Remembering New Orleans Legend Allen Toussaint November 10, 2015 08:30
Photo by Chris Granger: The Times-Picayune
Reports overnight from Spain tell us that New Orleans music legend Allen Toussaint has died at the age of 77. Toussaint was on tour in Madrid, and suffered a heart attack shortly after his performance. The legendary songwriter, producer, arranger, and performer was widely considered as one of the most influential figures in New Orleans music.
Many of Toussaint's songs became familiar through versions by other musicians, including "Working in the Coal Mine", "Sneaking Sally Through the Alley", "I'll Take a Melody," "Southern Nights," "Everything I Do Gonna Be Funky," "Ride Your Pony," "Fortune Teller," "Play Something Sweet (Brickyard Blues)," "Get Out of My Life, Woman" and "Mother-in-Law." Toussaint’s' touch as a producer and arranger had tremendous range, including legendary artists such as: Paul McCartney, Joe Cocker, Dr. John, Aaron Neville, Art Neville, The Meters, Irma Thomas, Lee Dorsey, and many more.
Toussaint was credited with grooming legendary New Orleans funk group, The Meters. The four-piece served as the house band at Sanu Enterprises, Toussaint's record label, before achieving their own worldwide fame in 1973. He later built Sea-Saint Studio with his fellow New Orleans R&B/Funk legend, Marshall Sehorn. The studio would attract the likes of Paul Simon, Paul McCartney, Robert Palmer, and Patti LaBelle. LaBelle recorded the hit song "Lady Marmalade" at Sea-Saint in 1974.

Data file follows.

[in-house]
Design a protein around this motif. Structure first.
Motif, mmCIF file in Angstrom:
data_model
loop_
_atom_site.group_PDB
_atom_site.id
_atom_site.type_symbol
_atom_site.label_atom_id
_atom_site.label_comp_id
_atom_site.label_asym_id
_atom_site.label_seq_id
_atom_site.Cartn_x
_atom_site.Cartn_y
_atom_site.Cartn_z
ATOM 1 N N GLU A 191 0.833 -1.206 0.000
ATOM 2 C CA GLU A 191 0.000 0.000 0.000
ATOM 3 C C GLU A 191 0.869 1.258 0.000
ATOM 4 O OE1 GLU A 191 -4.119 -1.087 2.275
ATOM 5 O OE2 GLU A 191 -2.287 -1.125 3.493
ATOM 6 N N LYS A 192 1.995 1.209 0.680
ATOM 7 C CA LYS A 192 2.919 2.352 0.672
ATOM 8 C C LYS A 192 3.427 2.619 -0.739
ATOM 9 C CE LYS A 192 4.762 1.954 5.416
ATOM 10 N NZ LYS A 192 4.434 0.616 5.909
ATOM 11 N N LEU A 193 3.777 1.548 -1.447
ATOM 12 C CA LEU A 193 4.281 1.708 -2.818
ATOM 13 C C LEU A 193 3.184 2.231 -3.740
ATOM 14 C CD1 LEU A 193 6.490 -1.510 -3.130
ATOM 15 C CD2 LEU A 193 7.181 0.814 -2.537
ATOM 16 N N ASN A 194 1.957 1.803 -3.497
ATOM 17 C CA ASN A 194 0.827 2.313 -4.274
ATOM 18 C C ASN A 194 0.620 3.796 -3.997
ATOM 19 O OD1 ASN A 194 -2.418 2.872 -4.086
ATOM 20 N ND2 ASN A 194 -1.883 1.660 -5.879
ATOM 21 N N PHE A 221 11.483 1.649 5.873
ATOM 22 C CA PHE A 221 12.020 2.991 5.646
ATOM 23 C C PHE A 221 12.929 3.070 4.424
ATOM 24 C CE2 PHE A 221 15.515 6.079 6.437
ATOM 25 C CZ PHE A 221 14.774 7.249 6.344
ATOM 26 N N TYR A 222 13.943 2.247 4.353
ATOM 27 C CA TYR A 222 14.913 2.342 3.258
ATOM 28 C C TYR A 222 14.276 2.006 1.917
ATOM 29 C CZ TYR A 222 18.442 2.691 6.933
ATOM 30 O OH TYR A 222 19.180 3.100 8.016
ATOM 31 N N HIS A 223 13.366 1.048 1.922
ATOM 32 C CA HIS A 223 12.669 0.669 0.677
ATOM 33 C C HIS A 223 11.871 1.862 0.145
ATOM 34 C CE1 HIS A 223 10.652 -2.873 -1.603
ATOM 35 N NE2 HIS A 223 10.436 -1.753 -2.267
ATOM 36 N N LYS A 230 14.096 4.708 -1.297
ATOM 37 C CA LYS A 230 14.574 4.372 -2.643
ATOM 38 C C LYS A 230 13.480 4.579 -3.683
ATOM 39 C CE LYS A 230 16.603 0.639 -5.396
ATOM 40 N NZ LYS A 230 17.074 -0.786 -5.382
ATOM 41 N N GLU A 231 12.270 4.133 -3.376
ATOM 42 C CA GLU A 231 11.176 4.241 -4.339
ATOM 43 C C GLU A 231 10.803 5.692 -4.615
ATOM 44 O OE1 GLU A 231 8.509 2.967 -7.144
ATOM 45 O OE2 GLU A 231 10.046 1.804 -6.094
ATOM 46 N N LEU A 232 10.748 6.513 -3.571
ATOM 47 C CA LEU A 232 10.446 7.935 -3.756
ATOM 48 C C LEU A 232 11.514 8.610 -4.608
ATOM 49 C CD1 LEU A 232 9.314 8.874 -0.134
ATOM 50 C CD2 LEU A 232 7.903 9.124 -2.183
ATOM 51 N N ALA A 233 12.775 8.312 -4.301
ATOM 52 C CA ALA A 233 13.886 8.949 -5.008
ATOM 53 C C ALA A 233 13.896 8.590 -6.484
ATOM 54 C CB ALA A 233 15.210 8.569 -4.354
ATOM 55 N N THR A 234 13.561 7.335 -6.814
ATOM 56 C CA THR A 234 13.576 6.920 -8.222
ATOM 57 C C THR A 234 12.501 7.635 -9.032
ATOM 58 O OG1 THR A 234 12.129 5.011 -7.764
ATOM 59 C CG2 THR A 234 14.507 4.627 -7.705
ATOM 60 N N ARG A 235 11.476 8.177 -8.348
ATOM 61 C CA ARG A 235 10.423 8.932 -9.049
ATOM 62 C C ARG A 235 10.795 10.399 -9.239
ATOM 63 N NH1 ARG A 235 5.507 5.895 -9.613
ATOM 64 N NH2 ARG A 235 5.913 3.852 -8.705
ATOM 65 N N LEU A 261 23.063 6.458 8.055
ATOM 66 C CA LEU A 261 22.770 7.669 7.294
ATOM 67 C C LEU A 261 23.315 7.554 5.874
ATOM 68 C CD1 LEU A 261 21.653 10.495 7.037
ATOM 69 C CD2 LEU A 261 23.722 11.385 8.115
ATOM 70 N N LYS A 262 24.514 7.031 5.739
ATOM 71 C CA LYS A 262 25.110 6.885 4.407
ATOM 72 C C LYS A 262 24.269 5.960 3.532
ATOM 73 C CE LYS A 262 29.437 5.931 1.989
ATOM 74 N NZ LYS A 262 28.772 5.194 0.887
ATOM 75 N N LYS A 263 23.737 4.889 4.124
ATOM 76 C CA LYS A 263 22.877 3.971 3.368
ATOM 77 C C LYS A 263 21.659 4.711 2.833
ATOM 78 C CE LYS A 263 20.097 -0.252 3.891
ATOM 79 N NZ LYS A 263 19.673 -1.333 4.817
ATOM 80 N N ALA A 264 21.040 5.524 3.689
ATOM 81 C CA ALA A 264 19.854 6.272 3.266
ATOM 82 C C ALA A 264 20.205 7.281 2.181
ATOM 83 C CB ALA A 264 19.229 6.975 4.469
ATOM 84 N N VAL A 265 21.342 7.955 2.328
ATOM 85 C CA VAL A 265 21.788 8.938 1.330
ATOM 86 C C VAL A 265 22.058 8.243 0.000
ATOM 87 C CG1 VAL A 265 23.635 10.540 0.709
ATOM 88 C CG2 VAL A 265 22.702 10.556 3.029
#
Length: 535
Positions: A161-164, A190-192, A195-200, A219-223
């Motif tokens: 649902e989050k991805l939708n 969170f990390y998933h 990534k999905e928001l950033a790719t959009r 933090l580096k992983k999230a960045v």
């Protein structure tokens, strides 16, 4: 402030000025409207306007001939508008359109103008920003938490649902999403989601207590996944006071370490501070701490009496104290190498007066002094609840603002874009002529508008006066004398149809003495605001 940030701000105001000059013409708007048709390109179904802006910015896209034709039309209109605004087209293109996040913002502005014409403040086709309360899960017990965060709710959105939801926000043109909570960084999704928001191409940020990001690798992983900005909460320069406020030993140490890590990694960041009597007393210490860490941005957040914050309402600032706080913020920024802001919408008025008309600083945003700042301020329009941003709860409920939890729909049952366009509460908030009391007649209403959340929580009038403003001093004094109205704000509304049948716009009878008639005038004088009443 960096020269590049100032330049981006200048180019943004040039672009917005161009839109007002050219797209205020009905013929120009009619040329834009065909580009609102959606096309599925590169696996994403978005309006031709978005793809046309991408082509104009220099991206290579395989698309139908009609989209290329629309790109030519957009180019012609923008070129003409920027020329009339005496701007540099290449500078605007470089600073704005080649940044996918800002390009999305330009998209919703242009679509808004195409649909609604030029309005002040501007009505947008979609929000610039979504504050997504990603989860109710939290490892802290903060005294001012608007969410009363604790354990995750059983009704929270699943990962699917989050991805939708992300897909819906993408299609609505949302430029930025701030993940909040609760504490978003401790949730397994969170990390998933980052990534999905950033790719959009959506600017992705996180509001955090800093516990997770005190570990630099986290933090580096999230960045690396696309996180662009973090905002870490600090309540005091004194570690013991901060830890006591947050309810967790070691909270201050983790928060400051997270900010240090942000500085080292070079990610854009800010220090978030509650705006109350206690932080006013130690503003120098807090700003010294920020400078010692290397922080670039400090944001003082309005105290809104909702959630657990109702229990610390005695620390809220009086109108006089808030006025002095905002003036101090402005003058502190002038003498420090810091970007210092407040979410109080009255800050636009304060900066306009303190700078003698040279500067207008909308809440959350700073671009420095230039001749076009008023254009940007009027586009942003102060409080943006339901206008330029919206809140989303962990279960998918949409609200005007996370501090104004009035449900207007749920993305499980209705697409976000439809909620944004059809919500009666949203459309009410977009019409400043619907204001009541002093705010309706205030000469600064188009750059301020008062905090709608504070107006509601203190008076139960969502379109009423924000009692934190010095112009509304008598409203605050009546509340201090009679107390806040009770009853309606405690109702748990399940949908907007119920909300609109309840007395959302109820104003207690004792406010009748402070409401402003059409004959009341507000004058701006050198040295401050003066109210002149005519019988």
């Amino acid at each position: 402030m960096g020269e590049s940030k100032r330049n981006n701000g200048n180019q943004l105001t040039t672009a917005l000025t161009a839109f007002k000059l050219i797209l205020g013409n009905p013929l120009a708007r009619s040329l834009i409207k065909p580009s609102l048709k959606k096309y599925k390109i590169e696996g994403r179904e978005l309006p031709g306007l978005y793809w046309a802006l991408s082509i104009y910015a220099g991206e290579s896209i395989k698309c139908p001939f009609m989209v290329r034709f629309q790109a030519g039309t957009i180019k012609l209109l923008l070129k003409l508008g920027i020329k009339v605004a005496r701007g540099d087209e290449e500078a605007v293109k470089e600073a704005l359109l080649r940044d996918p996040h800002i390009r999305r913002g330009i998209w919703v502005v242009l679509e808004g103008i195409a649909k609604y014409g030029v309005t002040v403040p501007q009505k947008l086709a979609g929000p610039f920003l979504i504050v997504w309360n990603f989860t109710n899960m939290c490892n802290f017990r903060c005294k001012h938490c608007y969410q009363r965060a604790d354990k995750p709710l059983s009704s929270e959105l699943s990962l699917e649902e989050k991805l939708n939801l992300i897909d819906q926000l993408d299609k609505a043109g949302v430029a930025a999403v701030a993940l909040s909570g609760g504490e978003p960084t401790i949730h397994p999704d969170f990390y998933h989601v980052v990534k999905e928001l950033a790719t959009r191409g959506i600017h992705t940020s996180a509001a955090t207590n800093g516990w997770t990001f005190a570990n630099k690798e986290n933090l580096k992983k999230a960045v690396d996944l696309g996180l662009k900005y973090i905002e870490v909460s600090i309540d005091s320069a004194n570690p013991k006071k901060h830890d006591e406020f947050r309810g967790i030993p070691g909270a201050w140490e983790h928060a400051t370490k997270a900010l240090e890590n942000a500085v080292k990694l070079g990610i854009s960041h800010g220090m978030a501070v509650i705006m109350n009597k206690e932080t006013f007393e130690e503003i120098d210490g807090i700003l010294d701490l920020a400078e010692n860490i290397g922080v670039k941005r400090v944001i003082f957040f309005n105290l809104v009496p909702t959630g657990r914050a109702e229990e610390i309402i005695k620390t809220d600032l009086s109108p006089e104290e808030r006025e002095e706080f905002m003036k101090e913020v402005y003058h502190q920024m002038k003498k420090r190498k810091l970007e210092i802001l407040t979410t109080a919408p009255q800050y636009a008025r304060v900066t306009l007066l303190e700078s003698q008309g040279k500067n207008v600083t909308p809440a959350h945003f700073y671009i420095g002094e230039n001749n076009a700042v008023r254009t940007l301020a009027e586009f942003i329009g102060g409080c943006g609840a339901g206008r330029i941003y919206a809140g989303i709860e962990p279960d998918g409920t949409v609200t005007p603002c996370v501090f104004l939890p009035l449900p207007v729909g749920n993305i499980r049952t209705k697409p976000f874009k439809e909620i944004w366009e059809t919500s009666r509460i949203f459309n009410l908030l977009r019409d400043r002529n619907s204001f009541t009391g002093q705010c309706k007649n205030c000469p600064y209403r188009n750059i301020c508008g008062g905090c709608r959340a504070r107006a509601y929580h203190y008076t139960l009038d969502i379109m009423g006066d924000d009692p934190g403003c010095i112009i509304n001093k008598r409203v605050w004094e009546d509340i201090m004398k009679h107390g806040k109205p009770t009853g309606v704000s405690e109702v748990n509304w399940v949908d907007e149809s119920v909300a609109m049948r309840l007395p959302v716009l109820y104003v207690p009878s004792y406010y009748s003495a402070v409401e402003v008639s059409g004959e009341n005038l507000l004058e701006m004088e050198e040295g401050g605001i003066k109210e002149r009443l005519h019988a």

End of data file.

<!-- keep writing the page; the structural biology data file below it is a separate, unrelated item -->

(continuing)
While Toussaint was regarded with the highest praise as a songwriter, producer, arranger, he had little to no interest in performing early on. He much more preferred to write and work for other artists, who he claimed gave him more inspiration than he himself. This all changed after Hurricane Katrina in 2005, when Toussaint relocated to New York City. After much notable collaboration, including working with Eric Clapton and Elvis Costello, he began releasing albums of purely original work and began performing solo much more often. Already a member of the Rock and Roll Hall of Fame, he was inducted into the Songwriters Hall of Fame, the Blues Hall of Fame, and Louisiana Music Hall of Fame in 2013. Later that year, Tulane University named Toussaint an honorary doctor, alongside the Dalai Lama and Dr. John.
Toussaint's influence on New Orleans and American music cannot be overstated. He was a legend in every sense of the word, and his impact will be forever seen and heard in the music he created.
Etta James, Dr. John, and Allen Toussaint - "Groove Me"
Allen Toussaint - "Sneaking Sally Through the Alley"